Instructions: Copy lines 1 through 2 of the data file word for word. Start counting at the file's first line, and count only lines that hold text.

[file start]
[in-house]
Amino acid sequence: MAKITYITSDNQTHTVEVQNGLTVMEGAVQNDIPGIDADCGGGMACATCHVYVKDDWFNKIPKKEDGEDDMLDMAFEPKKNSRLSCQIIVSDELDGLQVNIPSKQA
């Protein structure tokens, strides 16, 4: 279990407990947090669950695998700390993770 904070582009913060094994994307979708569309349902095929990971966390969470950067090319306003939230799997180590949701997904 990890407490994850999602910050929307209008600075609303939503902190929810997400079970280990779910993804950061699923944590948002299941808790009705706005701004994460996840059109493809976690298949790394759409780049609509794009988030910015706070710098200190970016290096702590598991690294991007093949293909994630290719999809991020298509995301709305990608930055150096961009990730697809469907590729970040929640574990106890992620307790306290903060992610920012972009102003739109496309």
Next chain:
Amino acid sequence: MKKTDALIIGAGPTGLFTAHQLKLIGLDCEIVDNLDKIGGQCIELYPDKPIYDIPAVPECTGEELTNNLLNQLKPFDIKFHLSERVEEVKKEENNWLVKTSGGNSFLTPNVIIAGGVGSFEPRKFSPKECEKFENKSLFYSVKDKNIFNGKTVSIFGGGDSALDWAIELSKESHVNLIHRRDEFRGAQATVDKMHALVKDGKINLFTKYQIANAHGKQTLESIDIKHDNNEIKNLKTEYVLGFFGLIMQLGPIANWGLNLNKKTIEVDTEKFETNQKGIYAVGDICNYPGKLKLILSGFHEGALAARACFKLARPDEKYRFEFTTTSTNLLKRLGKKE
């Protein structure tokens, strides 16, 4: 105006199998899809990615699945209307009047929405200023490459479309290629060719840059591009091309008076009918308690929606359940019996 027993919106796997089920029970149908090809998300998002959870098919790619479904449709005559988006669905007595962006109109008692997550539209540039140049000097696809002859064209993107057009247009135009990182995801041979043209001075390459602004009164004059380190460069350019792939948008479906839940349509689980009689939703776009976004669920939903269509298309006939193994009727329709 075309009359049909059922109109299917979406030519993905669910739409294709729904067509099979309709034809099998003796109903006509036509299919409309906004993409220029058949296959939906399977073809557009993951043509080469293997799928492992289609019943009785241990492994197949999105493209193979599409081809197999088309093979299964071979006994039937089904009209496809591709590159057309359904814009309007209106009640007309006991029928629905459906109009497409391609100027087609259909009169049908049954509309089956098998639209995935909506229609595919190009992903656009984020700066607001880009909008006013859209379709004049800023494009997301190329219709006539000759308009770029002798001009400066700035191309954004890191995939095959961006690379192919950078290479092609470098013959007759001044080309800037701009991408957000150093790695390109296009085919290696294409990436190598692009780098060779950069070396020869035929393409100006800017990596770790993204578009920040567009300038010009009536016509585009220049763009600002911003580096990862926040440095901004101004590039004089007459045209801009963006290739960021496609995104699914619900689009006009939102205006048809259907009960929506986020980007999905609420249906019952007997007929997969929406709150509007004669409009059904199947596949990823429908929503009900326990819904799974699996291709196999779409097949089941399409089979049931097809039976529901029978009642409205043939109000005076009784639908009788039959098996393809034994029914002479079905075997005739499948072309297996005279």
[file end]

[in-house]
Amino acid sequence: MAKITYITSDNQTHTVEVQNGLTVMEGAVQNDIPGIDADCGGGMACATCHVYVKDDWFNKIPKKEDGEDDMLDMAFEPKKNSRLSCQIIVSDELDGLQVNIPSKQA